By SEMA Washington, D.C., Staff
The U.S. Supreme Court rejected petitions to reconsider a lower court ruling allowing the sale of gasoline blended with 15% ethanol (E15). The lower court did not rule on whether the Environmental Protection Agency's (EPA) decision to permit E15 to be sold in the marketplace was valid. Rather, the court ruled that the parties challenging the decision—groups representing car, boat and power equipment manufacturers, along with the oil and food industries—did not have “standing” because they had failed to demonstrate a direct injury from E15 sales.
The Supreme Court ruling ends any chance that the courts will overturn the E15 regulation. The focus of attention now shifts to Congress, where SEMA-supported legislation (H.R. 875; S. 344) has been introduced to effectively ban E15. The House bill has been approved by the House Science Committee and is pending before the Energy and Commerce Committee. There has been no action on the Senate bill. Lawmakers are also considering legislation to revise the Renewable Fuel Standard (RFS) approved by Congress in 2005. It was expanded in 2007 to dramatically increase the amount of ethanol blended into gasoline each year. The EPA approved E15 in anticipation of insufficient ethanol use through the sale of E10 to meet the increasing RFS ethanol mandates.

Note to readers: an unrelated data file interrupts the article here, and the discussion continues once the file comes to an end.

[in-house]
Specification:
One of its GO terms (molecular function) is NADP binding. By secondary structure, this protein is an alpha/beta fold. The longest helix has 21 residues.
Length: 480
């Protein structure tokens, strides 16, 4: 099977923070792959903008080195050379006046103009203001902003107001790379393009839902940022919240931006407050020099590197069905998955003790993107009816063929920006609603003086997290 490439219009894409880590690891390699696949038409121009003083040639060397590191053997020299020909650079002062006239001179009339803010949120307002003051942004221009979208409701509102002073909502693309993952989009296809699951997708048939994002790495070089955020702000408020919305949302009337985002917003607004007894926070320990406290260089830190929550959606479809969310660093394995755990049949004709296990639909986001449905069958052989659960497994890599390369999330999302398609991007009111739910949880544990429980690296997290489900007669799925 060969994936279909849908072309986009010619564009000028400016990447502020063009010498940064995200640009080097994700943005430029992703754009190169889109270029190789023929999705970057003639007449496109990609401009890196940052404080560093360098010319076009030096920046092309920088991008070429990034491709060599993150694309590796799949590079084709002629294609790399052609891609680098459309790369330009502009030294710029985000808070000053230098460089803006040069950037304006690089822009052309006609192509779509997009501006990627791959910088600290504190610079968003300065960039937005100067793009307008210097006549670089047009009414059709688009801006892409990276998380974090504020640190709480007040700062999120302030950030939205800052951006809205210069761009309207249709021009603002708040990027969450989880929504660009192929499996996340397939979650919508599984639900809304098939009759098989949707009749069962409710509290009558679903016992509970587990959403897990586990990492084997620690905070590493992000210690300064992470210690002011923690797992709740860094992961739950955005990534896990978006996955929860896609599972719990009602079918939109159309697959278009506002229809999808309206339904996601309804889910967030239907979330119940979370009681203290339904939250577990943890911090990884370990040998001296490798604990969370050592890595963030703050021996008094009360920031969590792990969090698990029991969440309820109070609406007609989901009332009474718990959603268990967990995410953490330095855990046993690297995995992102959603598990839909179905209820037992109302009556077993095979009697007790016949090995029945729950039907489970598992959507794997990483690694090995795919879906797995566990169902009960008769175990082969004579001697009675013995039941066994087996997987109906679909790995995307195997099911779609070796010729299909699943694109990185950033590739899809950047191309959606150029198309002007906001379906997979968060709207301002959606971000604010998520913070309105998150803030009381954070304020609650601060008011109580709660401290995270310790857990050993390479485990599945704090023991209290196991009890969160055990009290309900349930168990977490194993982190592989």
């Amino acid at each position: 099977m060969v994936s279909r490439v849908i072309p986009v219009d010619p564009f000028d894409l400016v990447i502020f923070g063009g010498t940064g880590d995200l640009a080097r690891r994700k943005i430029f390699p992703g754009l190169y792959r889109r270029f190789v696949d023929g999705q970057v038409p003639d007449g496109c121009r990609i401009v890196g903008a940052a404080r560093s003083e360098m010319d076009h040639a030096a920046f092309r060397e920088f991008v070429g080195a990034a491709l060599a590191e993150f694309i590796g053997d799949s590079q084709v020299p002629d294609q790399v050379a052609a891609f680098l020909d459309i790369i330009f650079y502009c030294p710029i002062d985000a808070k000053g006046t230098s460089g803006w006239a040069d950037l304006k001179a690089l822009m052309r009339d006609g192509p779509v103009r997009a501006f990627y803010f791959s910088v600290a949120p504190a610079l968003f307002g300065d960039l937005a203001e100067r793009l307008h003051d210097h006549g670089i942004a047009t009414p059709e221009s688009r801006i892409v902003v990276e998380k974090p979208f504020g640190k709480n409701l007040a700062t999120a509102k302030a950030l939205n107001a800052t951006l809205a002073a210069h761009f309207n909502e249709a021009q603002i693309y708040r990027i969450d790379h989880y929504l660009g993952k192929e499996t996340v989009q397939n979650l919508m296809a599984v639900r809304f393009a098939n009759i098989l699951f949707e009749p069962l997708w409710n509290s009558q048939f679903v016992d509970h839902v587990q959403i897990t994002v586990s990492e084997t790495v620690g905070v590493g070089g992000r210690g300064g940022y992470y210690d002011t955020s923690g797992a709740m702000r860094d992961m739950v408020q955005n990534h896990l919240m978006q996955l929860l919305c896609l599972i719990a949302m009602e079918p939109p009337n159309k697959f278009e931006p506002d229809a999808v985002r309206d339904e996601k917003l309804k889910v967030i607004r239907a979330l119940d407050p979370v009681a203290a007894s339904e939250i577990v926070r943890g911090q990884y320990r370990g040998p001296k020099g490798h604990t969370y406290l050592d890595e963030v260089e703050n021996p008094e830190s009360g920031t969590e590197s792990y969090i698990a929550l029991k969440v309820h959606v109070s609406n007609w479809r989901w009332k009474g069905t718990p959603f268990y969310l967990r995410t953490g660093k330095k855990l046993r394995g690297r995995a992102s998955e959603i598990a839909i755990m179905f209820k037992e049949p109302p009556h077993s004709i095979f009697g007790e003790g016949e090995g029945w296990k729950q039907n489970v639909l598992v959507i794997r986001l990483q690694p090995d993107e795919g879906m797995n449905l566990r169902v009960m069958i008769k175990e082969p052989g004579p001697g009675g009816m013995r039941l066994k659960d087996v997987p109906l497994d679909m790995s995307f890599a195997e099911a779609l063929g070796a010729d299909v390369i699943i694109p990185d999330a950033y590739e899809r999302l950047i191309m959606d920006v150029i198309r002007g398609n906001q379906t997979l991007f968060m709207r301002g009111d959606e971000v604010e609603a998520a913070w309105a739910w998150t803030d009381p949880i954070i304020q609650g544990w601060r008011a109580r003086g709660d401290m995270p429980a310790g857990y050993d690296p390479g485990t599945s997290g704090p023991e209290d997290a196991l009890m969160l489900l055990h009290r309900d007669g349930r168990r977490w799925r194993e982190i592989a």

SEMA opposes E15 based on scientific evidence that it causes corrosion when used with incompatible parts. The chemical can also dissolve plastics and rubber. SEMA represents thousands of companies that market products for these vehicles and, through its SEMA Action Network (SAN), millions of enthusiasts who buy and operate automobiles incompatible with E15.
For details, contact Stuart Gosswein at email@example.com.